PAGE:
A.   whereas historians agree that fully objective interpretations of historical facts are not possible and objective historical narratives do not exist; whereas, nevertheless, professional historians use scientific tools to study the past, and try to be as impartial as possible,

B.   whereas no political body or political party has a monopoly on interpreting history, and such bodies and parties cannot claim to be objective,

C.   whereas official political interpretations of historical facts should not be imposed by means of majority decisions of parliaments; whereas a parliament cannot legislate on the past,

D.   whereas a core objective of the European integration process is to ensure respect for fundamental rights and the rule of law in the future, and whereas appropriate mechanisms for achieving this goal have been provided for in Articles 6 and 7 of the Treaty on European Union,

E.   whereas misinterpretations of history can fuel exclusivist policies and thereby incite hatred and racism,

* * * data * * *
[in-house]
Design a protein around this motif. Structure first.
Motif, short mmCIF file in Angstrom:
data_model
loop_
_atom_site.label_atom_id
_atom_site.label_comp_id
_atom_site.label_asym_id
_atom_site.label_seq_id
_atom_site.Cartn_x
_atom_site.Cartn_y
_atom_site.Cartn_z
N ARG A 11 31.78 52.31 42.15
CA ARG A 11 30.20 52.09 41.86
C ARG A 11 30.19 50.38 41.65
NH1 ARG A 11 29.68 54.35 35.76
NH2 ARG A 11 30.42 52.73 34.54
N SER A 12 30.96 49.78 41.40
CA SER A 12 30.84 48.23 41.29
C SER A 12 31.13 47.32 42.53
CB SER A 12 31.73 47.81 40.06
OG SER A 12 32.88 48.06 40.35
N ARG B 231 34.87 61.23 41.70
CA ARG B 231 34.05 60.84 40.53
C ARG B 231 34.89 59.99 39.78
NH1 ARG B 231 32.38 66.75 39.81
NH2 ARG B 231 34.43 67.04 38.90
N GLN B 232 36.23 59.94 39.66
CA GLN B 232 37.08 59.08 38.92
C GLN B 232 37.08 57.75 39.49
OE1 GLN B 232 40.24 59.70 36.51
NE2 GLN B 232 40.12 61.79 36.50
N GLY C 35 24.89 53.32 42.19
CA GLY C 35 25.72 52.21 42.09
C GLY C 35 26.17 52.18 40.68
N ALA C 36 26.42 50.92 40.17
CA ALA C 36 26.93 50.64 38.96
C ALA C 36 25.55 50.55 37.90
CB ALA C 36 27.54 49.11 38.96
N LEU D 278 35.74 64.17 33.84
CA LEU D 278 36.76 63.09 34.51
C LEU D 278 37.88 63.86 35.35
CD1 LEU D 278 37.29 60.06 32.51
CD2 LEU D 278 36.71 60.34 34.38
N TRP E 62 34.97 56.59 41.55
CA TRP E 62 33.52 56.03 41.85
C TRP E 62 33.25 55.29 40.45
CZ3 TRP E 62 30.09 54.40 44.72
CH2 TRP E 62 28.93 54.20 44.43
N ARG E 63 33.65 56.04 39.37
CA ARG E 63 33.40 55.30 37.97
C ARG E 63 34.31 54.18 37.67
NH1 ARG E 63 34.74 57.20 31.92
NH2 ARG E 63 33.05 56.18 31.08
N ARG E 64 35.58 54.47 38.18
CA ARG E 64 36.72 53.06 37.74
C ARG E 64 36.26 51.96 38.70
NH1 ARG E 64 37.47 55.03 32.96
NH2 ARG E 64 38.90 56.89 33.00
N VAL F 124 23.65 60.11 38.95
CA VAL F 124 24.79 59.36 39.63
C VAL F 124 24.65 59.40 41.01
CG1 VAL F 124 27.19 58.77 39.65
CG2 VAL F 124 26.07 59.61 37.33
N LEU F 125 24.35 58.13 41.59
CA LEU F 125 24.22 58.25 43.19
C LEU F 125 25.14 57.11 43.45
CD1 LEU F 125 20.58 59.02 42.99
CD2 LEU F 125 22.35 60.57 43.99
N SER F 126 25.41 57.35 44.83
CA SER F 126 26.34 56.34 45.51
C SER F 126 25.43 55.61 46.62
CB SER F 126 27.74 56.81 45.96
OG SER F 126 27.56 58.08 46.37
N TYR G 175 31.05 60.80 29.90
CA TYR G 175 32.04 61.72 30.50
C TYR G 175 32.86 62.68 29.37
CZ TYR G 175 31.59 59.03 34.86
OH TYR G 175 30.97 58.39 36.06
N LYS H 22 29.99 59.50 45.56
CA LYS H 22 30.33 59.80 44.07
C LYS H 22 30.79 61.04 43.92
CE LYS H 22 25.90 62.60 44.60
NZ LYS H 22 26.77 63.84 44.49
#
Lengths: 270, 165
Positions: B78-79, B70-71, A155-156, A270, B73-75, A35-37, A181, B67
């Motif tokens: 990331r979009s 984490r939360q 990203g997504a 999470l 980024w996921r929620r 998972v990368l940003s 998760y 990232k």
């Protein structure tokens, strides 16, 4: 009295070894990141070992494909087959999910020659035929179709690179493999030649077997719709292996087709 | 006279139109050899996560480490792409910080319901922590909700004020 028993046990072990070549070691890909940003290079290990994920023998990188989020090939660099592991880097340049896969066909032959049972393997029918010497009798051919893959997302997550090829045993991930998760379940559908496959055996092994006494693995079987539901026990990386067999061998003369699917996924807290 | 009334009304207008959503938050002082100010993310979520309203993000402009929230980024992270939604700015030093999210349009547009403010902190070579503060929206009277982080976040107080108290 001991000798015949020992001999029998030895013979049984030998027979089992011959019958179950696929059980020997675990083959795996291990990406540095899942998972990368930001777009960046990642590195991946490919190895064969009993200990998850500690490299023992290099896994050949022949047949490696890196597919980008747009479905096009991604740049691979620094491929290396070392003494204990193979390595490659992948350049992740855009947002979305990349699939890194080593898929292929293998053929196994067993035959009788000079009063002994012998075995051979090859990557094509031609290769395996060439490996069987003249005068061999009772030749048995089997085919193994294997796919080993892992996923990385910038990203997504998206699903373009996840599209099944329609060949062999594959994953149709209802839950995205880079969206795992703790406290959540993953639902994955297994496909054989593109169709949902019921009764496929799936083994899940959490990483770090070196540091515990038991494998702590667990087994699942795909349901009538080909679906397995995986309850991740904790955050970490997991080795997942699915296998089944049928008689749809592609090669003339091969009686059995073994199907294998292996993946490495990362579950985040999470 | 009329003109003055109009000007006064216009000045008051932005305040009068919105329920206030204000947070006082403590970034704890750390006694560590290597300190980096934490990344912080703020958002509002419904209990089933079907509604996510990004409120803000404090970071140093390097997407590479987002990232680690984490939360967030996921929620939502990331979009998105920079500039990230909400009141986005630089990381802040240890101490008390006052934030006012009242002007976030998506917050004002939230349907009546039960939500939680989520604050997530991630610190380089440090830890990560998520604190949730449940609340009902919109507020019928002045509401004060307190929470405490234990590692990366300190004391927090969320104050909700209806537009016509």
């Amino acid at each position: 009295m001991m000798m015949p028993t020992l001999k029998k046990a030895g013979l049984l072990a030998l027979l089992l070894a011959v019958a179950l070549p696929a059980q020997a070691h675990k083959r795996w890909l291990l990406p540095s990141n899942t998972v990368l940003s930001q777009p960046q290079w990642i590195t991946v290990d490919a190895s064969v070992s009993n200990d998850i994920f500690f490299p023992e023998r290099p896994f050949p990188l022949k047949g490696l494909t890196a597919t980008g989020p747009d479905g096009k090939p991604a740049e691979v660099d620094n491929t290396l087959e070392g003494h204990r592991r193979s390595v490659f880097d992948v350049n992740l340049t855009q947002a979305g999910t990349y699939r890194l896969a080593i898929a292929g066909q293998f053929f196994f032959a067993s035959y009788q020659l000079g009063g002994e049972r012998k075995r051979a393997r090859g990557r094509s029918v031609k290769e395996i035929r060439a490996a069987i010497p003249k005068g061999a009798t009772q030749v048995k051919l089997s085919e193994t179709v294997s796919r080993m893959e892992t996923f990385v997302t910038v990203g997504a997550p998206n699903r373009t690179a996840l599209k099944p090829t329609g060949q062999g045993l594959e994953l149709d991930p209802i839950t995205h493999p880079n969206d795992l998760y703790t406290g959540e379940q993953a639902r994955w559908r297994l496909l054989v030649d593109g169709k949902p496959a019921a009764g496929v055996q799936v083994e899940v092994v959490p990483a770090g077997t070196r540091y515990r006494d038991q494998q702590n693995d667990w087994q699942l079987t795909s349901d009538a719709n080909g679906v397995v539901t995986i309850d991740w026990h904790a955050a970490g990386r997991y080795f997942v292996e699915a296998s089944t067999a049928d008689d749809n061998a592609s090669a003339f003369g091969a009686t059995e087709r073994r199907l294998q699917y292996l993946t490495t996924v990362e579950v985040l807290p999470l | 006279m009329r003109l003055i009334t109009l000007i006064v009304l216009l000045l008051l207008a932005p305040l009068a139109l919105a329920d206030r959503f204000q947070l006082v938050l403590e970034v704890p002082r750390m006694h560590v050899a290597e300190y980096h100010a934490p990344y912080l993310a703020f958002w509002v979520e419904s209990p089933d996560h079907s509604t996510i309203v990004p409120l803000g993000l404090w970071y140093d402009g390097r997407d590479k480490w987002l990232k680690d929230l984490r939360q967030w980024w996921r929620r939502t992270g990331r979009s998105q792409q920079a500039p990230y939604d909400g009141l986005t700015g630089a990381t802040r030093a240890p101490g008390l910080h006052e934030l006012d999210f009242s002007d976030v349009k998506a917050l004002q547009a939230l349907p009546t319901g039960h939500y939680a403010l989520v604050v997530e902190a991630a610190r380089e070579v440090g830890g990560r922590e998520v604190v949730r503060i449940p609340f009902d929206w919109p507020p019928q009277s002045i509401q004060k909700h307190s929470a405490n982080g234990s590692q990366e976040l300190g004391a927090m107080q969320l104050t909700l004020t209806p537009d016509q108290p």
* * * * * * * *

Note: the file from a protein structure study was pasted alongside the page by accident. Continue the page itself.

F.   whereas the memories of Europe's tragic past must be kept alive in order to honour the victims, condemn the perpetrators and lay the foundations for reconciliation based on truth and remembrance,

G.   whereas millions of victims were deported, imprisoned, tortured and murdered by totalitarian and authoritarian regimes during the 20th century in Europe; whereas the uniqueness of the Holocaust must nevertheless be acknowledged,

H.   whereas the dominant historical experience of Western Europe was Nazism, and whereas Central and Eastern European countries have experienced both Communism and Nazism; whereas understanding has to be promoted in relation to the double legacy of dictatorship borne by these countries,

I.   whereas from the outset European integration has been a response to the suffering inflicted by two world wars and the Nazi tyranny that led to the Holocaust and to the expansion of totalitarian and undemocratic Communist regimes in Central and Eastern Europe, as well as a way of overcoming deep divisions and hostility in Europe through cooperation and integration and of ending war and securing democracy in Europe,